uh these um for lack of better verbiage

but these dumb ideas that seem to

to separate us but also i'd say go ahead


take some level of personal


because it's not all about the other

person being thin skinned

and being offended because you can say

the same thing

say in different ways and it have very

different meanings so we do have care

to everybody to you know how we deliver

our message

i just want to leave on my part with an

example from ricky gervais on one of his


tours he said you know the words you say

and the way you say them can have very

different effects he said let me give

this example

he said if uh one of your friends you

haven't seen in about six months

pulls out you know a photo of their

daughter who you haven't seen in a few

years and they show you the photo and

you go oh yeah she's beautiful

it sounds very dismissive like you don't

care you don't care about family

everything else but

if you take too long and you say the

same words he said it can come out even

worse and it goes

so if you take the effort and you're

like oh

yeah she's beautiful he said i can come

across as creepy

yeah yeah the the the phrase i use

uh that that i always

used for that or heard used for that uh

exact idea was

uh well i didn't say you were fat and if

you emphasize

any of those words yeah it's gonna have

i didn't say yeah fat

i didn't say you were fat i didn't say

yeah you were fat i didn't say you were

right so you can do that and and you're

right like yeah

have have fun with that one um you can

have anything

that can say that and you're right

personal responsibility we have to be

responsible and again if you

for myself uh you know looking at it


we have a higher responsibility if you

say that you're a christian if you label

yourself that way

you have a higher responsibility to

before your political affiliation

how do you represent god in that now

that doesn't mean that you can't

have strong opinions you can't have

strong opinions jesus had strong

opinions on things

but in the way that you develop them in

the way that you deliver them

i think like you said i think it's

incredibly important of how we do that


if you are somebody that calls yourself

a christian you have to say hey my

my first responsibility is ultimately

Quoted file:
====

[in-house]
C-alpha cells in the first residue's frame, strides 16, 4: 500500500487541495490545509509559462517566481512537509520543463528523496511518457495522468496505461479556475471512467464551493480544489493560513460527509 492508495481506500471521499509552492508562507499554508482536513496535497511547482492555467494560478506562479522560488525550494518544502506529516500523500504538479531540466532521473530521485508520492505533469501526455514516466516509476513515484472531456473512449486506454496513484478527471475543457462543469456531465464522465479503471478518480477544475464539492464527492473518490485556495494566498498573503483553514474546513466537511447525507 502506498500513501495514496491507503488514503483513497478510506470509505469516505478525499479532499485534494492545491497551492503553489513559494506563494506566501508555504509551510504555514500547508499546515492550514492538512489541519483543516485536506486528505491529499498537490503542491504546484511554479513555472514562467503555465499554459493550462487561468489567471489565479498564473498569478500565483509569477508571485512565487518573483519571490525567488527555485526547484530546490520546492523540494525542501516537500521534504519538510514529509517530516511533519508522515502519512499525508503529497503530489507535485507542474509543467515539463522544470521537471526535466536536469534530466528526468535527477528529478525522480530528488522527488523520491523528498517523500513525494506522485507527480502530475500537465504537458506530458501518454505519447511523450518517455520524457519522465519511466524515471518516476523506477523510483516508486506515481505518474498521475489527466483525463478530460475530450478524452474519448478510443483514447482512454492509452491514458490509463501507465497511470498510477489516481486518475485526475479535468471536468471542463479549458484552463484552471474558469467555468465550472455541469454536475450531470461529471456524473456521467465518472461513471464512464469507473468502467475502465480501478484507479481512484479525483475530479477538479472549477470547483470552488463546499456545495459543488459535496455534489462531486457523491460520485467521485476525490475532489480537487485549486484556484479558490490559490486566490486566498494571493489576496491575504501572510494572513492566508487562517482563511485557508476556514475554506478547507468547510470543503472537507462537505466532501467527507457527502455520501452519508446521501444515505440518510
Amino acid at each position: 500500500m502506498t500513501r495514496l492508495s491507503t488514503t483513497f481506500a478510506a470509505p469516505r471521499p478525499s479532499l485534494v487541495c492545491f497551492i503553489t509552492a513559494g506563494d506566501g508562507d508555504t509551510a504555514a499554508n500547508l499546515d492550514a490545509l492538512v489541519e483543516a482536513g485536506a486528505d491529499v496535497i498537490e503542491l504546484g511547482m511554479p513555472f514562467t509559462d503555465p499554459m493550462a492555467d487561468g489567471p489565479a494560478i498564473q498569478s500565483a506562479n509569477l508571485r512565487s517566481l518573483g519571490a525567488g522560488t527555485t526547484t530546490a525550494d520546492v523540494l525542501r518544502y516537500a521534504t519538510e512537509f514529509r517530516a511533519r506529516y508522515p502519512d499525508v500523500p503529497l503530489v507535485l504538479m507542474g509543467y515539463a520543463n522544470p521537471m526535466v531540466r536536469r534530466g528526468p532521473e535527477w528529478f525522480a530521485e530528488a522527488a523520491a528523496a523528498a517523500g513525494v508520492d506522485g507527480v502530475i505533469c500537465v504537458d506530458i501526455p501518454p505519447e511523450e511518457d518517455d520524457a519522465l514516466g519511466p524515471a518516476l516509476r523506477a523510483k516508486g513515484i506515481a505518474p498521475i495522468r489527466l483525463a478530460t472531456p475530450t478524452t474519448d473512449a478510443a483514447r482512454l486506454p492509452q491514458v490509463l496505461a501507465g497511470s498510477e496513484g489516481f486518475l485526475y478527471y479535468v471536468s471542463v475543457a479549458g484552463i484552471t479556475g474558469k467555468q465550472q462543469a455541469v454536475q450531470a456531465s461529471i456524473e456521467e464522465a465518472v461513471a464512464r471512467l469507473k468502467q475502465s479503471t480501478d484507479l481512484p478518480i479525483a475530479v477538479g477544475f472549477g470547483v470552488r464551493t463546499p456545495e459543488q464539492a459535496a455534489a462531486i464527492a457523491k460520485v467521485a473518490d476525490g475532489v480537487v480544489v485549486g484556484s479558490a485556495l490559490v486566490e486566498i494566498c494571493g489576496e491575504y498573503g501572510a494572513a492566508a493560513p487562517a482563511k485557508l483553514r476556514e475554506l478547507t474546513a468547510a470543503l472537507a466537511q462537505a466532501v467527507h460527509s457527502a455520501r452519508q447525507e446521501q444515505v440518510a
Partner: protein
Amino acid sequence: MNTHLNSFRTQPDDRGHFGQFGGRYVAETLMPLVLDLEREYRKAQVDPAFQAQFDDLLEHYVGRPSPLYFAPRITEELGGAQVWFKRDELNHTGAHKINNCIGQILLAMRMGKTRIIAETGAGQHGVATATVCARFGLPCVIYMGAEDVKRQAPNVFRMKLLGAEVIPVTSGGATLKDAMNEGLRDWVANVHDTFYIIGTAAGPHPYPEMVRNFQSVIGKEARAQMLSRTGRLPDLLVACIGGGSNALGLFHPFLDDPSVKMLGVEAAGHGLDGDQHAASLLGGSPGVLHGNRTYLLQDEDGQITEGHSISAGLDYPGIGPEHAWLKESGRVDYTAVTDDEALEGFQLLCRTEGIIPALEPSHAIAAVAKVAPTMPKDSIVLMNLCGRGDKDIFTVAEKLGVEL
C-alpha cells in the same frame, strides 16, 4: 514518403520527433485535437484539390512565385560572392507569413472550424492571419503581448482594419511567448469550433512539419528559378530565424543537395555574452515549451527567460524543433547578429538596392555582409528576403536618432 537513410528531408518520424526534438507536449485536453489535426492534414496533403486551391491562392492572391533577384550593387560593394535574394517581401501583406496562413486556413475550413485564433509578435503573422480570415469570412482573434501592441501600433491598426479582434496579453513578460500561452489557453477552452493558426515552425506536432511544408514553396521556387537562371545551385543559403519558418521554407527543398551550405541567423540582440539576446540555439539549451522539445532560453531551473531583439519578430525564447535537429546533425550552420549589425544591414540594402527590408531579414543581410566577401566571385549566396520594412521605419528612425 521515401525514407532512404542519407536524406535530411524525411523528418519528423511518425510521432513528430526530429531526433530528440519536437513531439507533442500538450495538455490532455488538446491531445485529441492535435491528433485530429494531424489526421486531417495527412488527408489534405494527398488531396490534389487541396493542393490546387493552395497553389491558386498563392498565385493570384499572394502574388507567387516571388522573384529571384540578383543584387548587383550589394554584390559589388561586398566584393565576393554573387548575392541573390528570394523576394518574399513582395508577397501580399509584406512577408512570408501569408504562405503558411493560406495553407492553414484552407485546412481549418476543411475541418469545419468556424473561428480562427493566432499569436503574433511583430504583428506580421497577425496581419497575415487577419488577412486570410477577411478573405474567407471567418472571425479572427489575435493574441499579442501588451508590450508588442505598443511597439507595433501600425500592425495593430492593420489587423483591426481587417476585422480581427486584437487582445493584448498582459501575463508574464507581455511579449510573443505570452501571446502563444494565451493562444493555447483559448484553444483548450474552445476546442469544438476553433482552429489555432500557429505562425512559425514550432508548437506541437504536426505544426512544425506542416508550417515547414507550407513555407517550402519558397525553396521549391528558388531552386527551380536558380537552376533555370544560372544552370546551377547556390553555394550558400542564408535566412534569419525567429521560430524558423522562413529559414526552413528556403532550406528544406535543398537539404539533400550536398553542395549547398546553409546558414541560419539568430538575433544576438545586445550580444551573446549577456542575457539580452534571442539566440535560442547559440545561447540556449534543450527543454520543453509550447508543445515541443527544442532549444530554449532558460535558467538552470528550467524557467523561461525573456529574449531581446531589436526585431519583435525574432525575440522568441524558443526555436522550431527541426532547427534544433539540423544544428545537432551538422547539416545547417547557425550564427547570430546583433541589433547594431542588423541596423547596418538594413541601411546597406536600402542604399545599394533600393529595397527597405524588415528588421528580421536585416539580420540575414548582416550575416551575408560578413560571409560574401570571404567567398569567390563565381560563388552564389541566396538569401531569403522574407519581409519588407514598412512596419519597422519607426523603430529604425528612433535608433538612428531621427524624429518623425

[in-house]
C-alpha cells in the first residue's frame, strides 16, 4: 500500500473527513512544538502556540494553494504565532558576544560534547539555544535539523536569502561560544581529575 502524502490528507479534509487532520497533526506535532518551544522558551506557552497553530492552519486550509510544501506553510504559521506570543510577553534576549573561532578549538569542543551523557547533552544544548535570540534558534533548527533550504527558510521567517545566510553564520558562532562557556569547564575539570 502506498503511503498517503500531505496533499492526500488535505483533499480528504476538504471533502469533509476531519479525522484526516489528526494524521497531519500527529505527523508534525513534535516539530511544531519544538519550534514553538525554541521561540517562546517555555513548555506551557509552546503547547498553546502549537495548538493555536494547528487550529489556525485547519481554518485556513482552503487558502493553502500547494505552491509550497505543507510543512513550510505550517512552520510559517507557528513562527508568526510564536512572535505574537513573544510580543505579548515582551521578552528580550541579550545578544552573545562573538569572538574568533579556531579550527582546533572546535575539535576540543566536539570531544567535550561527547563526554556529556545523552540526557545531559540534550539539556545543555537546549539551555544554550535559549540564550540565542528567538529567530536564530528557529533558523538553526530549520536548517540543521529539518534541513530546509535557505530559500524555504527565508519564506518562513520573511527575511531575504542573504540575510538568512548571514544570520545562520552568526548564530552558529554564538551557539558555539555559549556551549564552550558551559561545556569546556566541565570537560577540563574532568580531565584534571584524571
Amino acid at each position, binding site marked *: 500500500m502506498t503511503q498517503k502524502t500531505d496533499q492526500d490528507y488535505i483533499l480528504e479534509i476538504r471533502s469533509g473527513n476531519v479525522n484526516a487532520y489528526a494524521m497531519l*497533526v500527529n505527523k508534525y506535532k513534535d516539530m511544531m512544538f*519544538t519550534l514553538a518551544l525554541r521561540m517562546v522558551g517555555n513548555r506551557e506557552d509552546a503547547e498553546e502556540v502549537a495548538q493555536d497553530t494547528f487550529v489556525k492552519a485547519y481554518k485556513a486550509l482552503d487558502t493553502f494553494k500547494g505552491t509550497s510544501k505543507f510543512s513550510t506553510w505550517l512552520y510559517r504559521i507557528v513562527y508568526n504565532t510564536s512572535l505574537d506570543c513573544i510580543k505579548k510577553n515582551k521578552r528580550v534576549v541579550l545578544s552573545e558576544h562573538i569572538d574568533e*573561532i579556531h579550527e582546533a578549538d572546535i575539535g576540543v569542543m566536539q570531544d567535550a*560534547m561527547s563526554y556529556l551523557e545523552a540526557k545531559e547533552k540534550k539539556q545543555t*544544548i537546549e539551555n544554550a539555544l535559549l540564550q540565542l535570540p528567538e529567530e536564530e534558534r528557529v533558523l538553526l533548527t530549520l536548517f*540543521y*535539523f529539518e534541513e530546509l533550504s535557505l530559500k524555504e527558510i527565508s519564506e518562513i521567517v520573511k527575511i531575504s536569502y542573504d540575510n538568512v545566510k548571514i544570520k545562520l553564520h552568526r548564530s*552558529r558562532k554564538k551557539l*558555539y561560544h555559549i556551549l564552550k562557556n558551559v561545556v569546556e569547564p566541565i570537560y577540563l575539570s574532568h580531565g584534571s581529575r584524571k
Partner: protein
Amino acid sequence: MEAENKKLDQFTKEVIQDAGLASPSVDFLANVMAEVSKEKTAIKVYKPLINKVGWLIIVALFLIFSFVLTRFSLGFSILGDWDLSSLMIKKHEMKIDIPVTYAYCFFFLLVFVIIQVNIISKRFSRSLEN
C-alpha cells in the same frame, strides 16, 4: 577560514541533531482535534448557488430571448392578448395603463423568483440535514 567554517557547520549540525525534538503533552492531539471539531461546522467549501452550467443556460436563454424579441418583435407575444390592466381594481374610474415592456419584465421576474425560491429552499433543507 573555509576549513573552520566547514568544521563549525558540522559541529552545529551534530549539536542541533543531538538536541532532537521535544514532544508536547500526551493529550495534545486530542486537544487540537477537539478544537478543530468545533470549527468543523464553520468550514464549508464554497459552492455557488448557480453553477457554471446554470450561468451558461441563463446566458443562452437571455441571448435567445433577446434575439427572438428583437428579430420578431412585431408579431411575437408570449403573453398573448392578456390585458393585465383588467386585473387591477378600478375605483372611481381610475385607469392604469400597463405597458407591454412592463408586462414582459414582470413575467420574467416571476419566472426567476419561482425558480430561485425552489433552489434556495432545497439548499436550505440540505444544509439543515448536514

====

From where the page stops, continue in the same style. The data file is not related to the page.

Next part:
bringing people back to god and so if

there's something that's gonna cause me

to not do that because i get so caught

up on

i really like cheeseburgers and this

person really likes fish and now all of

a sudden we're gonna

separate and we're gonna be different

people and we're not gonna associate

because of something so silly i mean

yeah and people would think oh nobody

would ever do that but just why don't

you just look at the things that you

choose to not uh associate with people


sometimes they're not as as ridiculous

as as a change like that

um tristan do you have anything this is

this has been i think this is the

first episode that we've touched on i i

can't even

this was not even the map that we had

set out but i really enjoyed it i really

enjoyed the time i think we we did touch

on almost about a thousand different

topics here

um i appreciate your 40 that you yeah

yeah thank you no thanks for having me

on um

i don't normally have a good

track record of following

the following routes when it comes to

like interviews and podcasts and stuff

so that's

kind of normal really par for the course

yeah yeah

uh well well thank you yeah i appreciate

you guys um

check out the wolf and the shepherd you

can do that on any any podcast streaming

platform you can find them there

um you're gonna like it if you like this

podcast if you like different topics

you're gonna get a lot of different

topics a lot of

a lot of stuff and i i appreciate the

the flavor that you guys bring to these

different topics

yep and uh we don't have any cussing on


so it's children friendly yeah uh it's

not always

brain friendly because sometimes we talk

about ridiculous topics

and um check out especially the

in other news episodes because we do


take people from all walks of life all

colors or political backgrounds

and just point out the ridiculous

stories in society just so we have other

people to laugh at rather than ourselves

that's that's a lot of fun that's a

that's a good way to put it well this is

it's been the 100 000 podcast we are an

audio magazine

uh we've kept it an average of 70 today

um and we talked about almost a thousand

topics but we we are

signing off thanks for listening to this

episode of the wolf and the shepherd


if you like what you just heard we hope

you'll pass along our web address

the wolf and the shepherd.com to your

friends and colleagues

and please leave us a positive review on

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for additional content join us next time

for another episode

of the wolf and the shepherd


Rabih Abi-HannaProfile Photo

Rabih Abi-Hanna


Rabih is a Samantha’s man and Elijah’s dadda. He drives Uber throughout the plotting how to be a better podcast host at the 100thousand Podcast & Support The Fort. The 100thousand Podcast is all about keeping it 100, exploring a thousand topics. Support The Fort covers the current culture and history of Fort Worth, Texas.